【Article by International College of Innovation】
In recent times, incidents of discriminatory statements targeting ethnicity, gender, and minorities on university campuses have sparked debates and discussions, highlighting the pressing need to foster a culture of respect and humanistic values. On June 19, the International College of Innovation (ICI) and the College of Social Sciences at National Chengchi University (NCCU), along with the journal East Asian Science, Technology, and Society: An International Journal (EASTS), are honored to invite Dr. Evelynn Hammonds, a professor of history of science at Harvard University and former dean of Harvard College, to deliver a keynote speech exploring the promotion of equity in higher education. As Professor Shu-Heng Chen, Vice President of NCCU, demonstrated in the welcome remark, with over 600 international students, NCCU strives to build a learning environment that values multiple languages, diverse perspectives, and inclusivity. “The values of diversity and inclusivity are frequently discussed, but their implementation and realization require sustained and arduous efforts,” said Professor Wen-Ling Tu, Dean of ICI. Drawing on the example of ICI, which has students from over 20 countries, daily practices of collaboration, conflict resolution, and innovative teaching designs foster cross-border understanding, making it an experimental field for internationalizing higher education in Taiwan. Established for three years, ICI employs interdisciplinary approaches to address the challenges of equity, diversity, and inclusiveness. Still, NCCU draws inspiration from institutions like Harvard University to reaffirm a deeper commitment to the humanistic spirit and the pursuit of equity.
Based on her experience of being the first Senior Vice Provost for Faculty Development and Diversity at Harvard University, and decades of advocacy for equity within educational institutes around the United States, Professor Hammonds shared her insight that gender and racial barriers in higher education have been gradually broken down due to the increasing advocacy of equal rights for minority groups. However, the underrepresentation of minority groups persists at the undergraduate, graduate, and leadership levels.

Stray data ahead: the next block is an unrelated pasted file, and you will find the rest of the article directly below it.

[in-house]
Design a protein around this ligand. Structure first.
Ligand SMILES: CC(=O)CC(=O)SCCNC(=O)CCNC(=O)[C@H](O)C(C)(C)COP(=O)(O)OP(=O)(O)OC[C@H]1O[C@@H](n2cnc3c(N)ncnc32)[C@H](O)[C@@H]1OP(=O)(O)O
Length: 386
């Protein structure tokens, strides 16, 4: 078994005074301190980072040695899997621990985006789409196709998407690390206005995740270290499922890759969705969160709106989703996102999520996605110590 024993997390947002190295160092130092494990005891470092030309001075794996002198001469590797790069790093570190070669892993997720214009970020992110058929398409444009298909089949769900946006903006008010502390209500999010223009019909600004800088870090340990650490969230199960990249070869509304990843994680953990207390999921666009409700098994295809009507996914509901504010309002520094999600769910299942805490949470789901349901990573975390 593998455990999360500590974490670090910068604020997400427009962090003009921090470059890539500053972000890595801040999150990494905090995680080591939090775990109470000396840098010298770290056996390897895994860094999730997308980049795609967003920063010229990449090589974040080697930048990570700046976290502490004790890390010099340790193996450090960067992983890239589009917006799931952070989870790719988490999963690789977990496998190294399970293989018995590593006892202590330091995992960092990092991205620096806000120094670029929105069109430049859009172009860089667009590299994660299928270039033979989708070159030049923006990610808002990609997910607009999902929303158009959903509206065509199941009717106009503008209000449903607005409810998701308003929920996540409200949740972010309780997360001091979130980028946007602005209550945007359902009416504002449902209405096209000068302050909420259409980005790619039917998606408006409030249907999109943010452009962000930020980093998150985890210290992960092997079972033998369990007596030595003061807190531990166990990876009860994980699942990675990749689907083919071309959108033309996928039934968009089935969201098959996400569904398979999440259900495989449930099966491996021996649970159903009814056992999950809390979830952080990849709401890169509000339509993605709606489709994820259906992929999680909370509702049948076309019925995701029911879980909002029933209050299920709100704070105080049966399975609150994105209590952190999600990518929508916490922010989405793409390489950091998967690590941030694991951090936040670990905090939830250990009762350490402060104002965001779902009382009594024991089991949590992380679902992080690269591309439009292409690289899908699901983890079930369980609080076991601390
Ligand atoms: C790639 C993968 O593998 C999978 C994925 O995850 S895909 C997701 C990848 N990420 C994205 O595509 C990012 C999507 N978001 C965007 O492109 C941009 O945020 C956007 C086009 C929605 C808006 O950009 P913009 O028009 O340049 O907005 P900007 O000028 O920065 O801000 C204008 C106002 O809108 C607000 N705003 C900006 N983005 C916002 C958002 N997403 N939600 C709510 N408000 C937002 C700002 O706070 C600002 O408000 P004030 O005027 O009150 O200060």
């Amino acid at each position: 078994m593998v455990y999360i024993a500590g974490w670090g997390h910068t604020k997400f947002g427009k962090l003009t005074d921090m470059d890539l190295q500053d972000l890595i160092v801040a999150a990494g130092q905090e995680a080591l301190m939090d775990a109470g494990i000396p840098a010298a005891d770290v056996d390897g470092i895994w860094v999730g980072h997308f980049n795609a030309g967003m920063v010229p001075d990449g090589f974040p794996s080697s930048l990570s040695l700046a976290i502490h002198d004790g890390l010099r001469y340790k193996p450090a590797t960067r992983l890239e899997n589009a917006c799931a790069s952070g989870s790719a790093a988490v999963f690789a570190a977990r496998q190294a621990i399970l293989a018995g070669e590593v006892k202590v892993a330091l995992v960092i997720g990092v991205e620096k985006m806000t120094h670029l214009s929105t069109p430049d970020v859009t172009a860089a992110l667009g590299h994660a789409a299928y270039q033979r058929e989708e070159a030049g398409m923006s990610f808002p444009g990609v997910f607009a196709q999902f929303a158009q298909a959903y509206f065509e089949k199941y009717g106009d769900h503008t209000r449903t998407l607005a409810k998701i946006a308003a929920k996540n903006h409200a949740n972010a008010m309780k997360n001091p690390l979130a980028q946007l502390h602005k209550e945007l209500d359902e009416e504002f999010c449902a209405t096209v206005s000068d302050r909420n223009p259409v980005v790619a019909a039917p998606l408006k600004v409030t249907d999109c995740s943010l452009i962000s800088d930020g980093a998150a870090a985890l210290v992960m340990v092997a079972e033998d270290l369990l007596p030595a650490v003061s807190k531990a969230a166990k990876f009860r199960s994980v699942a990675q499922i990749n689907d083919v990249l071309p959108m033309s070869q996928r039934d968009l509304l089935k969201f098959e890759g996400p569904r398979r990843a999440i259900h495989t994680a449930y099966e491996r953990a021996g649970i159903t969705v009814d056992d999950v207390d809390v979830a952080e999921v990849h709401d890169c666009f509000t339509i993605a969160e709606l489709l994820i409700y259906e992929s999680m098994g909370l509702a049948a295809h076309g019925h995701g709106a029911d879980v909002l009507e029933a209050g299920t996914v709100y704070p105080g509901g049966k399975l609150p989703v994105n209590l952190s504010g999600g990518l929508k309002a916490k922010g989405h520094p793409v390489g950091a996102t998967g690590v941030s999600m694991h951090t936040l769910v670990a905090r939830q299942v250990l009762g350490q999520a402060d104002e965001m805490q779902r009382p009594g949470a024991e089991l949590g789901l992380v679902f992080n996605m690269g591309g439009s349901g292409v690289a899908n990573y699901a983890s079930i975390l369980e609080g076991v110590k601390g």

Professor Hammonds emphasized the distinction between “equality” and “equity,” noting that while the term equality “is linked to the idea that everyone has the same rights, enjoying equal treatment and non-discrimination,” true equity “goes further and includes needs-based support to level out the existing and relative disadvantage.” At Harvard, Climate Survey is one of the main ways to implement equity. Through the survey, data collection emerged as a vital tool in gaining a more genuine understanding of how women, minorities, and everyone in the faculty feel about campus. This data-driven approach enables administrators to identify and rectify institutional inequalities, fostering necessary reforms to the learning and working environments. For instance, although Harvard University has implemented affirmative action, which includes certain quotas for specific demographic groups during admissions, it continues to grapple with racial and gender inequality. Professor Hammonds indicates that achieving true equity in the United States will likely require another 70 years. To speed up this process, institutional leaders shall deepen their understanding of these issues. Additionally, the survey also shows that the school’s pregnancy and parental leave policies are expected to be more supportive, ensuring that educators do not feel indirectly discouraged from having children while pursuing their careers.
This dilemma of work-family balance especially faced by young female scholars, who are often assumed to take the responsibility of care-giving was discussed deeply in the dialogue with Professor Wen-Ling Tu, Dean of ICI and Professor Wan-Ying Yang, Dean of CSS. While the systematic institutionalization of parental leaves, institutional support for adjusting work schedules, and adequate human resources to accommodate leaves are very important, the shift in mindset that slowing down is acceptable in order to embrace the need for the family time was also emphasized.
Another significant issue addressed was the impact of technology on students and the educational environment. Issues of online harassment and hate speech were brought up during the open discussion session, with students voicing their concerns regarding the anonymity of the internet and its negative effects. Despite acknowledging that easier access to resources facilitated by technology can benefit the learning experience of students, Professor Hammonds agreed that social media also undermine friendly discussions. Therefore, she stressed the awareness of personal accountability online and encouraged in-person engagement to analyze and discuss how race, sex, gender, and religious differences work in society – instead of making personal attacks or merely thinking about one’s own feelings – are vital for creating a more respectful environment. Following this argument, Professor Yang also shared the experience of conducting a community mutual help program where students openly share their difficulties, aiming to foster communication and reconnect individuals.
The thought-provoking speech by Professor Evelynn Hammonds left NCCU and attendees inspired. The valuable insights shared during the event will catalyze ongoing dialogue, introspection, and concrete actions to create a more equitable and inclusive educational landscape.